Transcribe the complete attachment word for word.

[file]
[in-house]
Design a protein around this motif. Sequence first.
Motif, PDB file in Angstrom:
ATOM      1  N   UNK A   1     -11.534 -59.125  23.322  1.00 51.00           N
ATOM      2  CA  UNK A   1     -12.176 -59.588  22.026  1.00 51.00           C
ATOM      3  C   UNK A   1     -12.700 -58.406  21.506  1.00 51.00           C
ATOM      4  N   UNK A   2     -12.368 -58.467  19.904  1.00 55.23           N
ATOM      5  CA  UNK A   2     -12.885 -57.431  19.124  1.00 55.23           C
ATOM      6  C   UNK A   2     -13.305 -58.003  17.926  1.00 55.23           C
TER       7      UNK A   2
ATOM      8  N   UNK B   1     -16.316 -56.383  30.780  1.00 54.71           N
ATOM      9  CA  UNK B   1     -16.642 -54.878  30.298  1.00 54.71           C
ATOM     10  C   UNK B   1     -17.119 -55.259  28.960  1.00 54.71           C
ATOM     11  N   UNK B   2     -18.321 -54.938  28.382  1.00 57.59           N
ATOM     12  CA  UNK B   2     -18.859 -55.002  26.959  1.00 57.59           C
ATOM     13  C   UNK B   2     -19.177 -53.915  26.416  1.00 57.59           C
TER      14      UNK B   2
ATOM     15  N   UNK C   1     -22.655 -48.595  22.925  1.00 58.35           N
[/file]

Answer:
[in-house]
Design a protein around this motif. Sequence first.
Motif, PDB file in Angstrom:
ATOM      1  N   UNK A   1     -11.534 -59.125  23.322  1.00 51.00           N
ATOM      2  CA  UNK A   1     -12.176 -59.588  22.026  1.00 51.00           C
ATOM      3  C   UNK A   1     -12.700 -58.406  21.506  1.00 51.00           C
ATOM      4  N   UNK A   2     -12.368 -58.467  19.904  1.00 55.23           N
ATOM      5  CA  UNK A   2     -12.885 -57.431  19.124  1.00 55.23           C
ATOM      6  C   UNK A   2     -13.305 -58.003  17.926  1.00 55.23           C
TER       7      UNK A   2
ATOM      8  N   UNK B   1     -16.316 -56.383  30.780  1.00 54.71           N
ATOM      9  CA  UNK B   1     -16.642 -54.878  30.298  1.00 54.71           C
ATOM     10  C   UNK B   1     -17.119 -55.259  28.960  1.00 54.71           C
ATOM     11  N   UNK B   2     -18.321 -54.938  28.382  1.00 57.59           N
ATOM     12  CA  UNK B   2     -18.859 -55.002  26.959  1.00 57.59           C
ATOM     13  C   UNK B   2     -19.177 -53.915  26.416  1.00 57.59           C
TER      14      UNK B   2
ATOM     15  N   UNK C   1     -22.655 -48.595  22.925  1.00 58.35           N